Recitation of ranges of values herein are merely intended to serve as a shorthand method of referring individually to each separate value falling within the range, unless otherwise indicated herein, and each separate value is incorporated into the specification as if it were individually recited herein. All methods described herein can be performed in any suitable order unless otherwise indicated herein or otherwise clearly contradicted by context.

Accordingly, this disclosure includes all modifications and equivalents of the subject matter recited in the claims appended hereto as permitted by applicable law. Moreover, any combination of the above-described elements in all possible variations thereof is encompassed by the disclosure unless otherwise indicated herein or otherwise clearly contradicted by context.

Claims (20)

The invention claimed is:
1. A system for determining a ripping path to be ripped by a ground engaging ripper of a machine, comprising:
a position sensing system associated with the machine for determining a position of the machine;
a blade configured to engage and move a volume of material along an operating path; and
a controller configured to:
determine a plurality of positions of the machine based upon the position sensing system as the machine moves along the operating path and the blade moves the volume of material along the operating path;
determine material characteristics at each of the plurality of positions along the operating path based upon engagement of the volume of material by the blade;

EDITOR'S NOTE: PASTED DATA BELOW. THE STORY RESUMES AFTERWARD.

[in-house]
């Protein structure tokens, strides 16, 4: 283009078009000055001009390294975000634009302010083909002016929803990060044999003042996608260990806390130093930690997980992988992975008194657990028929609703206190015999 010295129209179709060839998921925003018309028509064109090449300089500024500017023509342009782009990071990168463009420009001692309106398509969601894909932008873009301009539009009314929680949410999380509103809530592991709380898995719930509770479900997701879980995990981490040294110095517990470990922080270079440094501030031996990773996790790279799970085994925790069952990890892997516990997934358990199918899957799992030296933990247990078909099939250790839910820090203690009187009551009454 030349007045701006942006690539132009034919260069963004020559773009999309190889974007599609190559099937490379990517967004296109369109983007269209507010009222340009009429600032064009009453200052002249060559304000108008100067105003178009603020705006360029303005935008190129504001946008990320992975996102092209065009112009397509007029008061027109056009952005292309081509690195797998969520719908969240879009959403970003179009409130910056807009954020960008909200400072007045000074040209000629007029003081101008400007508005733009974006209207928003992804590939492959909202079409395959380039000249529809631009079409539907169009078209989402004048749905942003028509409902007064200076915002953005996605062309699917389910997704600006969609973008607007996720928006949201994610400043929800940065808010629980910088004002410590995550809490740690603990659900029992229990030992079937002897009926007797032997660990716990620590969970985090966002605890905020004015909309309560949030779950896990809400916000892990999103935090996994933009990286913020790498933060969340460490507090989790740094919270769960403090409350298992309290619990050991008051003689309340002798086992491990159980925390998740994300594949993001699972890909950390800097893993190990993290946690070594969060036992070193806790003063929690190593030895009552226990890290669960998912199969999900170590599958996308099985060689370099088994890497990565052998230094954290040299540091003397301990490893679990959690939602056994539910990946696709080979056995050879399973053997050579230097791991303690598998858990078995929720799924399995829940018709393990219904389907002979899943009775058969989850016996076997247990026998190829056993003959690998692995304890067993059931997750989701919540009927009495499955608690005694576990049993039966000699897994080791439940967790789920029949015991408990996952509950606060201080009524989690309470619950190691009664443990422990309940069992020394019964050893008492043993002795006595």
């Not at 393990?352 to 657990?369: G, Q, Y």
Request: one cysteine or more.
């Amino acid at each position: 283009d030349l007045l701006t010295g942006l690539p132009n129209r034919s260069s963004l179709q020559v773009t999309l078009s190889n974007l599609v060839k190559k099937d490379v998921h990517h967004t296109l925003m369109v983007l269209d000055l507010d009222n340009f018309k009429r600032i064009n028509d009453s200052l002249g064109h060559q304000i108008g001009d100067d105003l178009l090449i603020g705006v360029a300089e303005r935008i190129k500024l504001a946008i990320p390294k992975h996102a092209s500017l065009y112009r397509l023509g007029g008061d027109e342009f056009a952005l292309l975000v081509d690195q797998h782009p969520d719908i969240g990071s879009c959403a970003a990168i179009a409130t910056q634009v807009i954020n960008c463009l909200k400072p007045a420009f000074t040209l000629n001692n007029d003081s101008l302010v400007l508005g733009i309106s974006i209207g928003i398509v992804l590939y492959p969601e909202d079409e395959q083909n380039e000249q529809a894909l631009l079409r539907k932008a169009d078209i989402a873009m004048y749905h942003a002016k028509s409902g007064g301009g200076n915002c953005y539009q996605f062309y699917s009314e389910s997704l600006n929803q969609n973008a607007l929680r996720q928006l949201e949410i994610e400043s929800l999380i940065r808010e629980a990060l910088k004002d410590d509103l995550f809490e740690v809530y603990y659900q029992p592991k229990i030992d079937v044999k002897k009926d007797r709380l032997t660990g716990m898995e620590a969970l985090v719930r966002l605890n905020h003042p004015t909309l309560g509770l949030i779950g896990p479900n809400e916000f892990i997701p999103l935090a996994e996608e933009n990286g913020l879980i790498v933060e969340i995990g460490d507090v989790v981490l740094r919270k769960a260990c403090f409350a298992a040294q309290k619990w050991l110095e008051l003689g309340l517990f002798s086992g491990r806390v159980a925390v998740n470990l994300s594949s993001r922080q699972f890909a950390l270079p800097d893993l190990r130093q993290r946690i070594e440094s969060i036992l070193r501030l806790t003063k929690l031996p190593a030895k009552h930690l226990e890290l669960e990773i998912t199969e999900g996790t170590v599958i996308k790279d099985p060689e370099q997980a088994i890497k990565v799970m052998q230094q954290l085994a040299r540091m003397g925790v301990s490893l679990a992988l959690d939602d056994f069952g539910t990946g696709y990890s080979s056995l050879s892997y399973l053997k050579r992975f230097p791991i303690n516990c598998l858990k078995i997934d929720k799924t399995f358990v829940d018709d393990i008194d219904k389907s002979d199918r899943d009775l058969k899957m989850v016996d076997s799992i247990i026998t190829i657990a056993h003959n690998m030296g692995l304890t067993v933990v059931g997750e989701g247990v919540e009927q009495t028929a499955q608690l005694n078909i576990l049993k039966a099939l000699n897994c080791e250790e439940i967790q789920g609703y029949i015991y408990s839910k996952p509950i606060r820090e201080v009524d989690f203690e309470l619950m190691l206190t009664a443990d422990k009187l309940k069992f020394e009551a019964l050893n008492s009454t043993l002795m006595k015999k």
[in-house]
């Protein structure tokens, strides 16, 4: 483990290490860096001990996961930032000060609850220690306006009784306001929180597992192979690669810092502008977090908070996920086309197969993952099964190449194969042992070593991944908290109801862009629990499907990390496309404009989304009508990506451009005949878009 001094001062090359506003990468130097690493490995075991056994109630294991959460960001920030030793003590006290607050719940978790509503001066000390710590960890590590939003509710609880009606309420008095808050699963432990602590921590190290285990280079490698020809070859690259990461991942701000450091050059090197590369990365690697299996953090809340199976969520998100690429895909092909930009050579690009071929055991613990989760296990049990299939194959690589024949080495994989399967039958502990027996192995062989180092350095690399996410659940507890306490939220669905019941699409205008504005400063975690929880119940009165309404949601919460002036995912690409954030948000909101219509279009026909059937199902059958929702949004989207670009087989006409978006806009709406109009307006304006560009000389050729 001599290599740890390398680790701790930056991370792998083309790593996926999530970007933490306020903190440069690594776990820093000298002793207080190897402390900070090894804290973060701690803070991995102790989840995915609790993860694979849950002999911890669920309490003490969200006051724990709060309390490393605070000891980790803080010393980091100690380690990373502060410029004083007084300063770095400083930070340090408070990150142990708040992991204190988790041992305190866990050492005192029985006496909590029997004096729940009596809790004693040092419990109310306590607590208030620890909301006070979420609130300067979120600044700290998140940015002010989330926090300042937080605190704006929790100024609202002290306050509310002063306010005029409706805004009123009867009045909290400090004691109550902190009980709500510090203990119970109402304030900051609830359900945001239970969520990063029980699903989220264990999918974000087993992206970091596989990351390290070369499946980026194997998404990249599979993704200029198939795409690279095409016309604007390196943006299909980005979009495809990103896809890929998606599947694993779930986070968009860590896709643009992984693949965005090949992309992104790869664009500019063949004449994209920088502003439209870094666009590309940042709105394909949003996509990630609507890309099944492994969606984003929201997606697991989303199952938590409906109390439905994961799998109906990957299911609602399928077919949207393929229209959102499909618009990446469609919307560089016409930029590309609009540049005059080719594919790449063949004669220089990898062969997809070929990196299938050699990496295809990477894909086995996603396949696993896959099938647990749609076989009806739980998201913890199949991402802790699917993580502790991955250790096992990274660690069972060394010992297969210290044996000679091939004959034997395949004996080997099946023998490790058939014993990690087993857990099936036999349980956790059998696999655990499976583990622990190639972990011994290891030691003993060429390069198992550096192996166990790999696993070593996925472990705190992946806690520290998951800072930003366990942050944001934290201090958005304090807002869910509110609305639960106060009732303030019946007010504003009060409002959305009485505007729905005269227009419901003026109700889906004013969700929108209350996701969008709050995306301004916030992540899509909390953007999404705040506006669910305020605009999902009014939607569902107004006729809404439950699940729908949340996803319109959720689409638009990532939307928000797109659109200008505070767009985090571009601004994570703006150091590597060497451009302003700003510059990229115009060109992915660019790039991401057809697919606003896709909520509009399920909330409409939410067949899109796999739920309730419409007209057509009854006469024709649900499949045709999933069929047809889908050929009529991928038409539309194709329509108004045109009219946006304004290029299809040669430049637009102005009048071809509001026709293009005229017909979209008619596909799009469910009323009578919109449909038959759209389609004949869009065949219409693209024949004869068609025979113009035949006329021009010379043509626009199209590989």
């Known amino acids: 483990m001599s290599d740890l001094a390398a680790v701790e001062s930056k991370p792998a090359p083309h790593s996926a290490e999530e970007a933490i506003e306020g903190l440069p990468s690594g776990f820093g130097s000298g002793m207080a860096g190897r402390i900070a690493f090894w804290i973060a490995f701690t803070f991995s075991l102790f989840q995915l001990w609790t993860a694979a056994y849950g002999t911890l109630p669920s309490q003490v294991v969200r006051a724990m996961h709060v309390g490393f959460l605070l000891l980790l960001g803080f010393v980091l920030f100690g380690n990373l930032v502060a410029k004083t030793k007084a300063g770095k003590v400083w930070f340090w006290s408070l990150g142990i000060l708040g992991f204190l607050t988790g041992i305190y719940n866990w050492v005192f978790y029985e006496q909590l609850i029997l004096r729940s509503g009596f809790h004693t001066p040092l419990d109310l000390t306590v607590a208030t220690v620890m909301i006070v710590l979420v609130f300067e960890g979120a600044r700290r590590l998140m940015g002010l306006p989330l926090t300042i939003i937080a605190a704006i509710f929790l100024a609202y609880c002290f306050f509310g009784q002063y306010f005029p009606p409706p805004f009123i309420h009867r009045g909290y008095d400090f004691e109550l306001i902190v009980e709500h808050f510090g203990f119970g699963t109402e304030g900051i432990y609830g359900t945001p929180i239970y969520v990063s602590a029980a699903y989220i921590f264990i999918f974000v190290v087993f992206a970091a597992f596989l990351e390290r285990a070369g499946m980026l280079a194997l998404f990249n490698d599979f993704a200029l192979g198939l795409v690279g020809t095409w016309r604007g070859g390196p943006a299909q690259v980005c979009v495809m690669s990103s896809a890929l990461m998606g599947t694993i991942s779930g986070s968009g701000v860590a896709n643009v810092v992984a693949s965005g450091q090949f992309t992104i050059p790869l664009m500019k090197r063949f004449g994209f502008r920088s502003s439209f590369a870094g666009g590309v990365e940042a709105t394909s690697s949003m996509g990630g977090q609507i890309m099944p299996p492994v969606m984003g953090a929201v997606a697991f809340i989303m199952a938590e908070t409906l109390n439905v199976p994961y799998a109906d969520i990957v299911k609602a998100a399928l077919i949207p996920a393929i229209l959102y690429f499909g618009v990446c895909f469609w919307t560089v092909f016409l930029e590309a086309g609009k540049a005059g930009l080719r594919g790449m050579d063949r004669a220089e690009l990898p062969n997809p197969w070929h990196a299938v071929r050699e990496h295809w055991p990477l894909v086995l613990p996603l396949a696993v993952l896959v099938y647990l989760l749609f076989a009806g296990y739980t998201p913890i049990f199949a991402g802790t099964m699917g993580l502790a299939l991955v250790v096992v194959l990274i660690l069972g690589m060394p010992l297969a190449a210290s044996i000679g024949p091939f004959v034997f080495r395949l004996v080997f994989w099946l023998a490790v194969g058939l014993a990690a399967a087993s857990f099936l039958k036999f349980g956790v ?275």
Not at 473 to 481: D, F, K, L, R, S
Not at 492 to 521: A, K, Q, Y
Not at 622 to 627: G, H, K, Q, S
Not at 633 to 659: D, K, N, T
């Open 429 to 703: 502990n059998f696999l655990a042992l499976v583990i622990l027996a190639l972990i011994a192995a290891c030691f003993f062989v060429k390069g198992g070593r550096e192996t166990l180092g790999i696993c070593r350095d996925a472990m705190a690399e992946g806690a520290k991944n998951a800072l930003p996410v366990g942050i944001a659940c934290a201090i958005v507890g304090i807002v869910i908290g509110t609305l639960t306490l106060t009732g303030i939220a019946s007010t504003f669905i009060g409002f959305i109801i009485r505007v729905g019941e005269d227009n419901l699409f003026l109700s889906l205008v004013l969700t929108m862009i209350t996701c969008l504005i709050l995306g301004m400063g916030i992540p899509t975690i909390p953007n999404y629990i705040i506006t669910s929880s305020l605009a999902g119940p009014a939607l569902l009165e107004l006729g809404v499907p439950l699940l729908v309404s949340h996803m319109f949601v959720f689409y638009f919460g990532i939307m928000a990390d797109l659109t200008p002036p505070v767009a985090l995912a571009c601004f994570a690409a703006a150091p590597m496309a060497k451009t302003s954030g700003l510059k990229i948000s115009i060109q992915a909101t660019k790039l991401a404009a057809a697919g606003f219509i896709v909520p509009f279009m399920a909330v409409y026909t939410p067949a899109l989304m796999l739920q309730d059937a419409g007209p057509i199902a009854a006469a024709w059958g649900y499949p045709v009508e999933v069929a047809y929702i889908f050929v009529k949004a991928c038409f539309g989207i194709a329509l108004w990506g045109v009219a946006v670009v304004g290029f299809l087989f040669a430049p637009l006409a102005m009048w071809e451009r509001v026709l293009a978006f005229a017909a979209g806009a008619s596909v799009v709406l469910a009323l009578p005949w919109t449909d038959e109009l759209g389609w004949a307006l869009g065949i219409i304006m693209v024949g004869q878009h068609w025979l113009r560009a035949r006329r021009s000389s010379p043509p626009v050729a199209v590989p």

determine the ripping path based upon the material characteristics determined at the plurality of positions; and
store the ripping path.
2. The system of claim 1, wherein the controller is further configured to generate a map of the material characteristics along the operating path and determine the ripping path based upon the map of the material characteristics.
3. The system of claim 1, further including an implement load sensor system configured to measure a load on the blade and provide an implement load signal indicative of the load on the blade to the controller, the controller being further configured to receive the implement load signal, determine the load on the blade, and determine the material characteristics based upon the load on the blade.
4. The system of claim 3, wherein the implement load sensor system includes a sensor for monitoring a difference between output from a prime mover and output from a torque converter, and the controller is configured to determine an increase in the load on the blade based upon an increase in a difference between the output from the prime mover and the output from the torque converter.